This includes research reports, outcomes frameworks and surveys, designed and complied together with around 200 charities and social enterprises.

Diagnostic Tool

Also included in the impact measurement resources is a data diagnostic tool, which is a five-minute questionnaire offering tailored recommendations about what data to collect.

Already more than 110,000 people have used these resources and the groups involved in their launch hope it will be even more accessible being consolidated into one place.

The Inspiring Impact programme launched in 2012 and is funded by the National Lottery Community Fund, Access – The Foundation for Social Investment and the City Bridge Trust.

“Thanks to National Lottery players more community organisations and charities will be able to better plan, measure and improve their impact with Inspiring Impact’s new website and tools,” said Joe Ferns, UK Funding Director at The National Lottery Community Fund.

“By creating a culture in civil society of continuous improvement, with the help of peer learning networks and free online resources, more and more communities across the UK can thrive.”

Judith Rankin, development and delivery manager at sports charity Sported, which has already been supported by Inspiring Impact, said: “Inspiring Impact’s network, support and resources have massively helped to develop both Sported’s own impact practice and that of our members.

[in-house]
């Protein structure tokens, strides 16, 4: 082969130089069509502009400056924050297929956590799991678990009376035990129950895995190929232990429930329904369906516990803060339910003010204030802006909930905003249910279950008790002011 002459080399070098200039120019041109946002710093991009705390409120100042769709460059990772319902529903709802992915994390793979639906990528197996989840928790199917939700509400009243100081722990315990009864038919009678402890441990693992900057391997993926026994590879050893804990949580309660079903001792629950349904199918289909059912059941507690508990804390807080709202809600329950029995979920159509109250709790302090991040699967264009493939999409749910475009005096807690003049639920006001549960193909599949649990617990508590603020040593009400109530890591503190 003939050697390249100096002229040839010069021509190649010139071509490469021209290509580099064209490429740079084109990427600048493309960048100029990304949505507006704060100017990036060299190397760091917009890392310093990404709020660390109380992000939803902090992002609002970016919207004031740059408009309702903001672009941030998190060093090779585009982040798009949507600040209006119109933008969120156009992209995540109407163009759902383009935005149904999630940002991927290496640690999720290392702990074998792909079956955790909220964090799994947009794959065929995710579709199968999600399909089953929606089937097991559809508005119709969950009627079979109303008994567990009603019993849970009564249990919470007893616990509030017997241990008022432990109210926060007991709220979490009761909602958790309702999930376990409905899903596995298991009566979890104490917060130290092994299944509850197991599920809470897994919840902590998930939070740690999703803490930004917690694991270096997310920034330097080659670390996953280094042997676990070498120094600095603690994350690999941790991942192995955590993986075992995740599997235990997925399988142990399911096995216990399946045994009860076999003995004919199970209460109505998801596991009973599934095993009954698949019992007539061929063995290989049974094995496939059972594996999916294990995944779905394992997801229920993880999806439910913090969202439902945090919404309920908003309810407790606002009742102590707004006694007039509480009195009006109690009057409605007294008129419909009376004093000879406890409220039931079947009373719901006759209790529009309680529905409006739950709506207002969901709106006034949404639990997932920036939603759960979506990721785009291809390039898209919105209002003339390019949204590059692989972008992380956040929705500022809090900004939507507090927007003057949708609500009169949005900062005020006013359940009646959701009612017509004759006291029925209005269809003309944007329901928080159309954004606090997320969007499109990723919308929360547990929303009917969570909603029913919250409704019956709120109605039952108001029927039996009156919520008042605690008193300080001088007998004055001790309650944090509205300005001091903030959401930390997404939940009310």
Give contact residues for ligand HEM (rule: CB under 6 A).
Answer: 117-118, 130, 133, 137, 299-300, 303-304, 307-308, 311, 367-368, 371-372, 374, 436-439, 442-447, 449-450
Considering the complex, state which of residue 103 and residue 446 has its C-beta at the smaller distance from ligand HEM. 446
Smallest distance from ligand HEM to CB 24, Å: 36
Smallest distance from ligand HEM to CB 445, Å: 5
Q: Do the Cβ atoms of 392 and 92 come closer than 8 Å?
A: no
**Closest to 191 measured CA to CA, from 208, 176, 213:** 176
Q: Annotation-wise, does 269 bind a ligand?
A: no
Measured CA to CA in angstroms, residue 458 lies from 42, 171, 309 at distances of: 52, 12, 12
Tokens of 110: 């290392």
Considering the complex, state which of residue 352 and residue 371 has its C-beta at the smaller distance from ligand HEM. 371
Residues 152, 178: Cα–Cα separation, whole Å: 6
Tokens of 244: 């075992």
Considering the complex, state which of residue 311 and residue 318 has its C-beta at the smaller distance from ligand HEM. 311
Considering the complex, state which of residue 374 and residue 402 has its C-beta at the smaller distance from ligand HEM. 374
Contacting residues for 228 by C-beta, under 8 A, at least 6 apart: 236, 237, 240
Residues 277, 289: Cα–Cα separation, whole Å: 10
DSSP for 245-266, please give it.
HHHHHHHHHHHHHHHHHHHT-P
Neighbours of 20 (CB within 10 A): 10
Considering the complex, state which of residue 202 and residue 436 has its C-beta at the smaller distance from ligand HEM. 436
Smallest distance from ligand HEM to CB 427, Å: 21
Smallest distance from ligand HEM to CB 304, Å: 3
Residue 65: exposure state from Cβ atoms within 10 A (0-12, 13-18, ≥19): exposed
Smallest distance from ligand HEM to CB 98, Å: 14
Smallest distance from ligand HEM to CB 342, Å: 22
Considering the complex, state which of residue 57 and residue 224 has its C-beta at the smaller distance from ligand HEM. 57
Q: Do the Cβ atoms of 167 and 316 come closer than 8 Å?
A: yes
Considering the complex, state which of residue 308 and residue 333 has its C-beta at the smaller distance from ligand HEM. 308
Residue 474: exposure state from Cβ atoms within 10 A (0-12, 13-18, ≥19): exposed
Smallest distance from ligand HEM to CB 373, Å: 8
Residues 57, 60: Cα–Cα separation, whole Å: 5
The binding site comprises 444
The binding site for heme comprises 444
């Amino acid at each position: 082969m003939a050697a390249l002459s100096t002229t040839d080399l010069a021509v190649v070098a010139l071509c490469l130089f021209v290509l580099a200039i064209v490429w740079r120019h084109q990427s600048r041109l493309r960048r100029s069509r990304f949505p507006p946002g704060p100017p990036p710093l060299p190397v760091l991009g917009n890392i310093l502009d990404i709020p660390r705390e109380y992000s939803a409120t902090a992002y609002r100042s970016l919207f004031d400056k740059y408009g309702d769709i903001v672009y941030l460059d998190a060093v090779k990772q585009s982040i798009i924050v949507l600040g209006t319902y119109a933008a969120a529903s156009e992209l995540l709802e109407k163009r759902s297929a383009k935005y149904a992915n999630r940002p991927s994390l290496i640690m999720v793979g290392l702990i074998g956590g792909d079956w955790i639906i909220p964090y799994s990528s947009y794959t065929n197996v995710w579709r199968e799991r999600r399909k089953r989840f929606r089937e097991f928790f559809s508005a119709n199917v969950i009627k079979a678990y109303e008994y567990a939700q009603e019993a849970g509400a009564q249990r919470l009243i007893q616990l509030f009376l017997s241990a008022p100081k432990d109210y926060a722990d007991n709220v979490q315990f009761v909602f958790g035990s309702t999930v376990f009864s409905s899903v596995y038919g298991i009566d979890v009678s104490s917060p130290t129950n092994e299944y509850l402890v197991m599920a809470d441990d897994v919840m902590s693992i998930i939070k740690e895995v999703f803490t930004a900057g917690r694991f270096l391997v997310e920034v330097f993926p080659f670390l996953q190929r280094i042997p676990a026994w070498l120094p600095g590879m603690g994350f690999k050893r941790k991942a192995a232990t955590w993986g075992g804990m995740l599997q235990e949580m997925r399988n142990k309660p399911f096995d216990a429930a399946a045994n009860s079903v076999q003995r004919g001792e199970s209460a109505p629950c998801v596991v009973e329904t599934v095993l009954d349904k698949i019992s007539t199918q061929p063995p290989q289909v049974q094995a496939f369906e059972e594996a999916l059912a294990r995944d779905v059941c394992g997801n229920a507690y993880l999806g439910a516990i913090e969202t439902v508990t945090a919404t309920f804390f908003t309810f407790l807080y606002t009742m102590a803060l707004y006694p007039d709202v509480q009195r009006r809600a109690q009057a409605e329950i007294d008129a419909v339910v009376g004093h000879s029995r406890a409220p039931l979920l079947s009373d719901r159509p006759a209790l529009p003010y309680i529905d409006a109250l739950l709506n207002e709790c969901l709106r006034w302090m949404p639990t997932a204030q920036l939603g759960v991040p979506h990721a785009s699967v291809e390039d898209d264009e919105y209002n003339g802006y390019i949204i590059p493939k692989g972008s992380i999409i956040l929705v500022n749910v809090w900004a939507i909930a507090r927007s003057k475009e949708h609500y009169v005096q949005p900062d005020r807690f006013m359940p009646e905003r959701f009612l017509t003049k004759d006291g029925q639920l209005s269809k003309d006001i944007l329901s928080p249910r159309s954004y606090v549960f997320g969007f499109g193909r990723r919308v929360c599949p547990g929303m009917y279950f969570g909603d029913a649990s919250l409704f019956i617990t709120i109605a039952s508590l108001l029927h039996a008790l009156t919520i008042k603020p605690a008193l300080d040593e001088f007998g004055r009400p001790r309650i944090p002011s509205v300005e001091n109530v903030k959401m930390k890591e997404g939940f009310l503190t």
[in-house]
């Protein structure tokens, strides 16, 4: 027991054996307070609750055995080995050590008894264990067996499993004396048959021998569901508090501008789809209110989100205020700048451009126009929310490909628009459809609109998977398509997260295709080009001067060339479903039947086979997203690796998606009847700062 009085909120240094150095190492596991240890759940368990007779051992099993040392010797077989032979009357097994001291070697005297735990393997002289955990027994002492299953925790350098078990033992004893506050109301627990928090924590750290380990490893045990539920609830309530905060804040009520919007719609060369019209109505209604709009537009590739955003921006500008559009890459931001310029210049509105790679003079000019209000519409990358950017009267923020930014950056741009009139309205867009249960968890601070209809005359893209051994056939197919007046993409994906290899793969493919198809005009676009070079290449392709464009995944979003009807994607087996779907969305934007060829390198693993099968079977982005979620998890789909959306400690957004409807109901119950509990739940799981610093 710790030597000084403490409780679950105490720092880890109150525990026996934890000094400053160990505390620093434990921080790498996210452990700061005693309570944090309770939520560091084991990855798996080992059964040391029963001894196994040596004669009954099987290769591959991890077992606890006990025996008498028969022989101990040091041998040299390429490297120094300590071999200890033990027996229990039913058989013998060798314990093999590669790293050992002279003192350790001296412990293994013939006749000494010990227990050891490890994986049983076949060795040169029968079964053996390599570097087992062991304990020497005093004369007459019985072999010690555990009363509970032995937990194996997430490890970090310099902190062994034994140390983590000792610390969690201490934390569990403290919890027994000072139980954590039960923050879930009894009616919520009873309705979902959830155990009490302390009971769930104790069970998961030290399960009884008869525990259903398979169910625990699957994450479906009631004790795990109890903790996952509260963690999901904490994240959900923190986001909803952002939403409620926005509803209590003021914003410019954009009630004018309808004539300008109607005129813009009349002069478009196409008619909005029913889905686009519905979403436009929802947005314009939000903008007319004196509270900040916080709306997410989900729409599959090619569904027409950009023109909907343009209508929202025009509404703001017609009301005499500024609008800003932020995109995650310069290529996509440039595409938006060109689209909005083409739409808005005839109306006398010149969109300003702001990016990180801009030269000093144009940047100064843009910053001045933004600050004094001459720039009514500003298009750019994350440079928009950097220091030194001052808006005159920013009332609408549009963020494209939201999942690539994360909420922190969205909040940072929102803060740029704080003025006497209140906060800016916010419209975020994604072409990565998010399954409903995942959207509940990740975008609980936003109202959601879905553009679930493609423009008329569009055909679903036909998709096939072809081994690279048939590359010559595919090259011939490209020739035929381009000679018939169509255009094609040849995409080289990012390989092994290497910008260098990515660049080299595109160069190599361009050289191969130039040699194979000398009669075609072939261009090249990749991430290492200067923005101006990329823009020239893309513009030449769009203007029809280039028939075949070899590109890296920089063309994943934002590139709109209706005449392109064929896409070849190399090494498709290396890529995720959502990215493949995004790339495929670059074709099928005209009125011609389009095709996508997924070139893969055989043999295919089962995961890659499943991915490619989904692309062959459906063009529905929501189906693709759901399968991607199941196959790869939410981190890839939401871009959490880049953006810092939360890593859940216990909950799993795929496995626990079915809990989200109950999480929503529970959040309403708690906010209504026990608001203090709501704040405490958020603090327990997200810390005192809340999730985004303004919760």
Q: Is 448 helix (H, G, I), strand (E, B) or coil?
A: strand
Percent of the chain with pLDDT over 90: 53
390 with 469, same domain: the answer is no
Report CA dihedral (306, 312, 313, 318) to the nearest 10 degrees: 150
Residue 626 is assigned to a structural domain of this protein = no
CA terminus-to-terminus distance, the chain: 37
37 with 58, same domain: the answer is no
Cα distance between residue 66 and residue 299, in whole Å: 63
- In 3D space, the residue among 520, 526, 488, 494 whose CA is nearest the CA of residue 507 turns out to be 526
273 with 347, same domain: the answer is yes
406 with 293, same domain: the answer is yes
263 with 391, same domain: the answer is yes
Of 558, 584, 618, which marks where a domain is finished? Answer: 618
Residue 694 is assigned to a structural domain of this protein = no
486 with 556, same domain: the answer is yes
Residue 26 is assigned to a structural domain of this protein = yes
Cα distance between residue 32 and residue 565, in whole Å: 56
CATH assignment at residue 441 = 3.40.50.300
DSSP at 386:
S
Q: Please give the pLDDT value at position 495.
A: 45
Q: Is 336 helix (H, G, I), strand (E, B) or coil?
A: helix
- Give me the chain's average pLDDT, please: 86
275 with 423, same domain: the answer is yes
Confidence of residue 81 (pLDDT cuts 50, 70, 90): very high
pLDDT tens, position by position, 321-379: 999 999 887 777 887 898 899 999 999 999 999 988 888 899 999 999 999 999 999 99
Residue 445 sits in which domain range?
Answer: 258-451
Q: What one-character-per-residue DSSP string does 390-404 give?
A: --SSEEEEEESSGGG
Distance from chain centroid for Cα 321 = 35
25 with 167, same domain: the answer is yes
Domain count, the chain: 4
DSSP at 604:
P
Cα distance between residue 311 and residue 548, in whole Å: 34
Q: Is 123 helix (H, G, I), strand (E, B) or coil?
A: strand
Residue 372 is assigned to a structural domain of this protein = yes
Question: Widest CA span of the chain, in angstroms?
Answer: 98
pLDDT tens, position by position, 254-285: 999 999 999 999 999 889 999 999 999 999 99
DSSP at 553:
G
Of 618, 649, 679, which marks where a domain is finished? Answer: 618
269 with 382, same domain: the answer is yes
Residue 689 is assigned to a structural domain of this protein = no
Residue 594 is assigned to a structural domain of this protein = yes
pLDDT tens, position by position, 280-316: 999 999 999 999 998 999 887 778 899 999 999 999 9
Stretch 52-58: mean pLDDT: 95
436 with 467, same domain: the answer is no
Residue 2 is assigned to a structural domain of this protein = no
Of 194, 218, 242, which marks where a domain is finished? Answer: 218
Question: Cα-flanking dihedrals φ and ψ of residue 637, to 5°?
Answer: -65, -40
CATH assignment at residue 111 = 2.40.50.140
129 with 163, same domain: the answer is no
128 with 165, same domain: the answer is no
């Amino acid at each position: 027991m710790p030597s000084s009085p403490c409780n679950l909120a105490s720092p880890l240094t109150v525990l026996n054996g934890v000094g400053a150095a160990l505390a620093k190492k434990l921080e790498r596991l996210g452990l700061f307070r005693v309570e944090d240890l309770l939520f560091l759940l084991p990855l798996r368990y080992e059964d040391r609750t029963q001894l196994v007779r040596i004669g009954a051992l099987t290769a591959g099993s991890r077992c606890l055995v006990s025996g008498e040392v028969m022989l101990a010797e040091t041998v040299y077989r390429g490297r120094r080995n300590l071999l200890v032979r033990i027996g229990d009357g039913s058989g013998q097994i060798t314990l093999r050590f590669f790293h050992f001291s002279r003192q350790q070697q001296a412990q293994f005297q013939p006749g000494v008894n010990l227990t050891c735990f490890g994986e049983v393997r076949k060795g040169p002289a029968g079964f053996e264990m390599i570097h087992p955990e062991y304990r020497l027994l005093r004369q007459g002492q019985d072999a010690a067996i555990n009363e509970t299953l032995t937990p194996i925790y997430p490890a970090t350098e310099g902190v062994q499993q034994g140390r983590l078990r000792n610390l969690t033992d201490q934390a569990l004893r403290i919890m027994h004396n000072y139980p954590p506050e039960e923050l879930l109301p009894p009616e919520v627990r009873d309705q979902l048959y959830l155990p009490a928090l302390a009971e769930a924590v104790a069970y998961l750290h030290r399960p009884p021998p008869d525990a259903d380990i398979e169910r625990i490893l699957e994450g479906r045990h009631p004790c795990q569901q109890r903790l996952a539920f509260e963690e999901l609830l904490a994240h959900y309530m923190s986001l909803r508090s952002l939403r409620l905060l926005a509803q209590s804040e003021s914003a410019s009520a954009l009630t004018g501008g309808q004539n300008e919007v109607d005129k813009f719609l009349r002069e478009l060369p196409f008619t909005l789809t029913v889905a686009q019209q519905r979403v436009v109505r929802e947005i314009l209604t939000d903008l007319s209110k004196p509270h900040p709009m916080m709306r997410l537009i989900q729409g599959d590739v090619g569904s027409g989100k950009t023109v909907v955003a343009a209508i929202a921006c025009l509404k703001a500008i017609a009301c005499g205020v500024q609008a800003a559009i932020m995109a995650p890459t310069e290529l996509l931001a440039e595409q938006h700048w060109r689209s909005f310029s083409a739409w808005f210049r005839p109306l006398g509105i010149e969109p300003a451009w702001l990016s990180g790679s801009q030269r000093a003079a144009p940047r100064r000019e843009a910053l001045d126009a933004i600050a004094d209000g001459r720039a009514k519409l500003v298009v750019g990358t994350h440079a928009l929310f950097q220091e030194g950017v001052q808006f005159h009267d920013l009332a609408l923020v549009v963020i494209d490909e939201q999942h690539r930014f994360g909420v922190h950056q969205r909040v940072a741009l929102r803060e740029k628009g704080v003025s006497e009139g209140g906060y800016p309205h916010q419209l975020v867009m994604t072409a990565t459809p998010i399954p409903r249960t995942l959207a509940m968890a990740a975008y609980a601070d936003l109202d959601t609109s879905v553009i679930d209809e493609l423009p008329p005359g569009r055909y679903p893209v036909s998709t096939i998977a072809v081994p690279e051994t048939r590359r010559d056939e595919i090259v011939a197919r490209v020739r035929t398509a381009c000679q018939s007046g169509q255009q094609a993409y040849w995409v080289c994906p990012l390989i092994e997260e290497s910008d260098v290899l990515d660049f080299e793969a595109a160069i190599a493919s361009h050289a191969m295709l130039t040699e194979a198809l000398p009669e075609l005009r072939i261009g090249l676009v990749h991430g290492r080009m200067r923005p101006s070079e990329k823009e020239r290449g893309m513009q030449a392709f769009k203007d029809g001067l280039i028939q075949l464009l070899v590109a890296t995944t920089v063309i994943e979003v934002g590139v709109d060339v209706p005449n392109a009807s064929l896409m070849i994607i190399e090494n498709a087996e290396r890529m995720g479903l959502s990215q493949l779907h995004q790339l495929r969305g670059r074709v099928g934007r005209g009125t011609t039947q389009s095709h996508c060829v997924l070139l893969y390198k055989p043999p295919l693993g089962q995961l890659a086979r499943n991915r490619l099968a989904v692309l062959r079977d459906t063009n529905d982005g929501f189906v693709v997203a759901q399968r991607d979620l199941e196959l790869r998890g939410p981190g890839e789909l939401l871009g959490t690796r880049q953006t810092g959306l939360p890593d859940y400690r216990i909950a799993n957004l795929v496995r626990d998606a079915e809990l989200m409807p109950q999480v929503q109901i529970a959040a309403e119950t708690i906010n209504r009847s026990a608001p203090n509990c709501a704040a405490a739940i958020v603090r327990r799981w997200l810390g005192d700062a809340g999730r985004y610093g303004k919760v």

“Our staff team have benefitted from the opportunity for peer-learning with other Inspiring Impact Champions across the UK, and many of our member groups have utilised the Measuring Up assessment tool which provides an excellent framework to identify priority areas.

“We look forward to exploring the new website and resources to build upon our work developing the evidence base for the Sport for Development sector.”

Source: Charity Digital News


Consultation: How The Government Should Take Account of Social Value

At the Social Value Summit the Cabinet Office and DCMS launched a consultation on how the Government should take account of social value in the award of central government contracts.

They welcome your engagement, and engagement with the organisations you represent, with the consultation process. Any responses should be sent to Domestic-policy-queries@cabinetoffice.gov.uk. The consultation will close at 11:45pm on 10 June 2019.

Check out their short animation.

Source: FSI